The 1787 Constitutional Convention – Small Progress, Big Disagreements

a570af34_optJuly 6, 1787 (click to read Madison’s notes)


The delegates retained as an option the provision that the House would be responsible for finance bills but referred the question of representation to a committee led by Gouverneur Morris.

Influences on the Delegates

Britain again was a touchstone for debate, this time regarding which legislative body should originate money bills.

Mr. WILSON could see nothing like a concession here on the part of the smaller States. If both branches were to say yes or no, it was of little consequence which should say yes or no first, which last. If either was, indiscriminately, to have the right of originating, the reverse of the Report would, he thought, be most proper; since it was a maxim, that the least numerous body was the fittest for deliberation — the most numerous, for decision. He observed that this discrimination had been transcribed from the British into several American Constitutions. But he was persuaded that, on examination of the American experiments, it would be found to be a ‘trifle light as air.’ Nor could he ever discover the advantage of it in the parliamentary history of Great Britain. He hoped, if there was any advantage in the privilege, that it would be pointed out.

Morris viewed the British system as a problem to be avoided in the U.S.

Mr.  GOUVERNEUR MORRIS had waited to hear the good effects of the restriction. As to the alarm sounded, of an aristocracy, his creed was that there never was, nor ever will be, a civilized society without an aristocracy. His endeavor was, to keep it as much as possible from doing mischief. The restriction, if it has any real operation, will deprive us of the services of the second branch in digesting and proposing money bills, of which it will be more capable than the first branch. It will take away the responsibility of the second branch, the great security for good behaviour. It will always leave a plea, as to an obnoxious money bill, that it was disliked, but could not be constitutionally amended, nor safely rejected. It will be a dangerous source of disputes between the two Houses. We should either take the British Constitution altogether, or make one for ourselves. The Executive there has dissolved two Houses, as the only cure for such disputes. Will our Executive be able to apply such a remedy? Every law, directly or indirectly, takes money out of the pockets of the people. Again, what use may be made of such a privilege in case of great emergency? Suppose an enemy at the door, and money instantly and absolutely necessary for repelling him, — may not the popular branch avail itself of this duress, to extort concessions from the Senate, destructive of the Constitution itself? He illustrated this danger by the example of the Long Parliament’s expedients for subverting the House of Lords; concluding, on the whole, that the restriction would be either useless or pernicious.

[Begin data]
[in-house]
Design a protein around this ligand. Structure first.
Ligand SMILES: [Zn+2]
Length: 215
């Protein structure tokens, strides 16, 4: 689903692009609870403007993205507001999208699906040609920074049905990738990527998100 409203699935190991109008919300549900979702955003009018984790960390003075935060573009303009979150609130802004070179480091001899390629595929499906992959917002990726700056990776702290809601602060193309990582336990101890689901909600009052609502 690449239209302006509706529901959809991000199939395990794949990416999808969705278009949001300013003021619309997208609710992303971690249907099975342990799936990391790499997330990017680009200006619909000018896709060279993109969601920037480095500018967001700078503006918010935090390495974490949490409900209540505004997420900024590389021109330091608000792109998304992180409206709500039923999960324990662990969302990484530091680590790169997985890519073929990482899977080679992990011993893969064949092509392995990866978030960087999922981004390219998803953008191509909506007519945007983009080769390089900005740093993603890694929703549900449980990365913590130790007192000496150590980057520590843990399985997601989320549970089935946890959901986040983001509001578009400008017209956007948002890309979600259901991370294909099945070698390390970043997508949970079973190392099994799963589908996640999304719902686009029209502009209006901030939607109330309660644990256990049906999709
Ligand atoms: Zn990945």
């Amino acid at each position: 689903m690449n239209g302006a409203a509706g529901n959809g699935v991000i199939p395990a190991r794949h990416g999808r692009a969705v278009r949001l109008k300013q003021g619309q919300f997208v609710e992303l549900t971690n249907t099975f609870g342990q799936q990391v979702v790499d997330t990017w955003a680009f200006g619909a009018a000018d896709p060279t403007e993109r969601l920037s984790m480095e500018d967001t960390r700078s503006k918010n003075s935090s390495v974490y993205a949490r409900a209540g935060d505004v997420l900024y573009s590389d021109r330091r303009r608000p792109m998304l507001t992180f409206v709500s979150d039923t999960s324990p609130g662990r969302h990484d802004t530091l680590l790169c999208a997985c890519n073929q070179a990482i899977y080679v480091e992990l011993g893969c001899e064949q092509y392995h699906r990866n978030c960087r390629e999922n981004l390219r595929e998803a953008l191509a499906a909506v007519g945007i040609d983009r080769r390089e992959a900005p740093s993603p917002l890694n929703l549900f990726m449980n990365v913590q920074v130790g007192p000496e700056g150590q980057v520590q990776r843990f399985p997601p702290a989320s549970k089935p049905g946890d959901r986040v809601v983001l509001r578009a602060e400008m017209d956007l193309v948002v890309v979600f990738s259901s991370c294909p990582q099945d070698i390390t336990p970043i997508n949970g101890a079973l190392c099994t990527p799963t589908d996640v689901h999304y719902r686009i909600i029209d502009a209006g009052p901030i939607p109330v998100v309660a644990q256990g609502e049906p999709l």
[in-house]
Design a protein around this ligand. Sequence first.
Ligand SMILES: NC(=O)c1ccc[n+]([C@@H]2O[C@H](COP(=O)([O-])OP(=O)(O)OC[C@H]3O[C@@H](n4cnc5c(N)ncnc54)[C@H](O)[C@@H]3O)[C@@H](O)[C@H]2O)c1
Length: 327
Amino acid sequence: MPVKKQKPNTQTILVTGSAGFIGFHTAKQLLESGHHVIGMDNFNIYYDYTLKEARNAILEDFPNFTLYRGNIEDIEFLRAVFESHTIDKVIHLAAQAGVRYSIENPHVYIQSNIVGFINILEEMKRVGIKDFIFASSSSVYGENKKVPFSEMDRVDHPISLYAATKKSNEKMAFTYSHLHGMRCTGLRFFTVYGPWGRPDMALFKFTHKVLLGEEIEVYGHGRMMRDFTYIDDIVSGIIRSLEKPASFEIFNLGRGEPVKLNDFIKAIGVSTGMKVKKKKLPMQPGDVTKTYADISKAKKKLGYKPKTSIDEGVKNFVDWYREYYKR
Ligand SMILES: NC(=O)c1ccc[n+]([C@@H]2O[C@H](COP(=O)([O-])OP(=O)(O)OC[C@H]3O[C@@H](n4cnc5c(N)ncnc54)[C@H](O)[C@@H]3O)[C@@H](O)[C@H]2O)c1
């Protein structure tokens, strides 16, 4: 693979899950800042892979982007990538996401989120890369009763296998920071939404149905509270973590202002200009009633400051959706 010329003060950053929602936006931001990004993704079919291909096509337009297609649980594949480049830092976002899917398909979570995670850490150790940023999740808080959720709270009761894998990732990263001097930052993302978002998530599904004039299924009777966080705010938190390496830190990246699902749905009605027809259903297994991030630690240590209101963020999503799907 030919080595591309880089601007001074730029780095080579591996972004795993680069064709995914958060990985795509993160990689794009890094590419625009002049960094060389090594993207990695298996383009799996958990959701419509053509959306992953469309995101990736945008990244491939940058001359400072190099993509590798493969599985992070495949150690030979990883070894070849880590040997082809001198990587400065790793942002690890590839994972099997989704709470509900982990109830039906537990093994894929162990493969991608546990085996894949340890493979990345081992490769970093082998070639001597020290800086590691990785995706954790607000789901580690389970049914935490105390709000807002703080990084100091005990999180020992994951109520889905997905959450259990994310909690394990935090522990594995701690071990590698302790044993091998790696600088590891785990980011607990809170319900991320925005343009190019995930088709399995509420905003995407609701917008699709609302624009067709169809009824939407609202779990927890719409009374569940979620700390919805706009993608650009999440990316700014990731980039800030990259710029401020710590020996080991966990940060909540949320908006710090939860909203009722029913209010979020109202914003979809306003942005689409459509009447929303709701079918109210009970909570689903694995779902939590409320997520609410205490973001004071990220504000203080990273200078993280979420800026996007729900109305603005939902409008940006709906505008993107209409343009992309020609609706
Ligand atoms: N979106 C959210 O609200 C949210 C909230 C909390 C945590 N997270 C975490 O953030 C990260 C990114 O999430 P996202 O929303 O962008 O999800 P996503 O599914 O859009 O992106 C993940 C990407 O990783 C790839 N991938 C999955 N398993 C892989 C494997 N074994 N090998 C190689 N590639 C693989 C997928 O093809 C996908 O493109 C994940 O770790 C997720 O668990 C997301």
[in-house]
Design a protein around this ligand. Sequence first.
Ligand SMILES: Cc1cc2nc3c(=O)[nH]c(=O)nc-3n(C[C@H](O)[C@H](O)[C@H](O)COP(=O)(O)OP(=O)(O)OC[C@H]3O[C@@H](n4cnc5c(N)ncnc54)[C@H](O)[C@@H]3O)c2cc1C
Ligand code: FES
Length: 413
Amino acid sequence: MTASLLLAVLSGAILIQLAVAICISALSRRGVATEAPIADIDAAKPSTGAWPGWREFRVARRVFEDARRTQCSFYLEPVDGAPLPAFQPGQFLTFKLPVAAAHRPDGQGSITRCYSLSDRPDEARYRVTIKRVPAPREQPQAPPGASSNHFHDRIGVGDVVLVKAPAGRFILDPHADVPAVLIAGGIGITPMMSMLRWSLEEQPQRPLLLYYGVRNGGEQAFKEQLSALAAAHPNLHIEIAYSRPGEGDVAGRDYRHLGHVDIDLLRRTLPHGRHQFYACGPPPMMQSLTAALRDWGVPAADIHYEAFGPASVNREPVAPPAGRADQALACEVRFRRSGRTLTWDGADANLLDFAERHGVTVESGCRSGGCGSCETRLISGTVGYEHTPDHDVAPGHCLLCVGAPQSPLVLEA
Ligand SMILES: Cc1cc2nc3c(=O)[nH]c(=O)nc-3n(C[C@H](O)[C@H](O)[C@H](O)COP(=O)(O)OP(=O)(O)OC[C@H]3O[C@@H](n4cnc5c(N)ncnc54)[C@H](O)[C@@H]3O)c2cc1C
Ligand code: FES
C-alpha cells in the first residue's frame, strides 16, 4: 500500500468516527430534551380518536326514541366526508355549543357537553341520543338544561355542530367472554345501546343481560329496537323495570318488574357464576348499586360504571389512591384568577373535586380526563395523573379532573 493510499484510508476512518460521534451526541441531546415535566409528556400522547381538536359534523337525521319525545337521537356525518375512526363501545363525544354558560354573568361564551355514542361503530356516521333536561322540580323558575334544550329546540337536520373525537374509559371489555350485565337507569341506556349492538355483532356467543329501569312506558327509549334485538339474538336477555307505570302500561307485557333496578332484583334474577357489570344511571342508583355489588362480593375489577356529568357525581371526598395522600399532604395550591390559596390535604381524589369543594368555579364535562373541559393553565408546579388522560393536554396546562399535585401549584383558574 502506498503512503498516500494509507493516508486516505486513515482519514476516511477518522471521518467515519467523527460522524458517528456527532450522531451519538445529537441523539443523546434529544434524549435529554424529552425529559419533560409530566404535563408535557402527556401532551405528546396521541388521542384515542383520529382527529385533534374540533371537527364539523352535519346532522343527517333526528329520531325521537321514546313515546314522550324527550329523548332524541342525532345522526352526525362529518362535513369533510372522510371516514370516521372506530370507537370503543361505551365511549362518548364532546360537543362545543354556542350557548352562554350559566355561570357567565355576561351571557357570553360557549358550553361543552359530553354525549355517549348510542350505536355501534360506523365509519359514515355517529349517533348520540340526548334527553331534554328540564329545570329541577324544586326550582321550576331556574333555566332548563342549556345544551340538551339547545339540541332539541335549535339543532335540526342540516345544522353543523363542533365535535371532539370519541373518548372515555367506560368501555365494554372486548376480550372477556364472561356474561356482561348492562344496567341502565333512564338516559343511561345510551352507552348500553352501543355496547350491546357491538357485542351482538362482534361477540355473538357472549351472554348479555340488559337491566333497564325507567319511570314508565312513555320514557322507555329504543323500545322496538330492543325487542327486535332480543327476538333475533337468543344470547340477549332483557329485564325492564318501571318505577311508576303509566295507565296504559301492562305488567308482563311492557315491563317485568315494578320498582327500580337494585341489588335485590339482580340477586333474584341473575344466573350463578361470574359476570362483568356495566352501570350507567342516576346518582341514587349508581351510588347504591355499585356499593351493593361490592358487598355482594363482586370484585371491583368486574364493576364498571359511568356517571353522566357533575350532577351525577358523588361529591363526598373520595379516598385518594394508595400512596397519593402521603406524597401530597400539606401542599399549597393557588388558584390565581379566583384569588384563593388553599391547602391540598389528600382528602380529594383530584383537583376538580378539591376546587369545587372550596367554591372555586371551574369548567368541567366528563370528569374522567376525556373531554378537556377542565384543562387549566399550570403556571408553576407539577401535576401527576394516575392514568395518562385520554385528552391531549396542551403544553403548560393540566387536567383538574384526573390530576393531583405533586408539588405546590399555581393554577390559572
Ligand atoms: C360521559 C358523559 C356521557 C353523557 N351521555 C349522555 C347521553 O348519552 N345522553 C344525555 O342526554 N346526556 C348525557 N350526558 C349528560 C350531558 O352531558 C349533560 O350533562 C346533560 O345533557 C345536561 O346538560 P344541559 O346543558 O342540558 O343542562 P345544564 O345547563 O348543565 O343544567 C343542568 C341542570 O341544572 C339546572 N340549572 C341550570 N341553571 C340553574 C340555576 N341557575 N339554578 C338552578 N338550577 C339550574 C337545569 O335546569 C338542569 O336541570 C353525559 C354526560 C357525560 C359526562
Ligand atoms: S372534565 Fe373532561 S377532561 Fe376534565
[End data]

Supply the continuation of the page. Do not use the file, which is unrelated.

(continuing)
James Wilson of Pennsylvania thought one branch having the power to originate money bills would be divisive as had been the case in Britain.

Mr. WILSON. The difficulties and disputes will increase with the attempts to define and obviate them. Queen Anne was obliged to dissolve her Parliament in order to terminate one of these obstinate disputes between the two Houses. Had it not been for the mediation of the Crown, no one can say what the result would have been. The point is still sub judice in England. He approved of the principles laid down by the honourable President1(Doctor FRANKLIN) his colleague, as to the expediency of keeping the people informed of their money affairs. But thought they would know as much, and be as well satisfied, in one way as in the other.

1787 Constitutional Convention Series

To read my series examining the proceedings of the Constitution Convention, click here.  In this series, I am writing about any obvious influences on the development of the Constitution which were mentioned by the delegates to the Convention. Specifically, I am testing David Barton’s claim that “every clause” of the Constitution is based on biblical principles. Thus far, I have found nothing supporting the claim. However, stay tuned, the series will run until mid-September.
Constitutional Convention Series (click the link)
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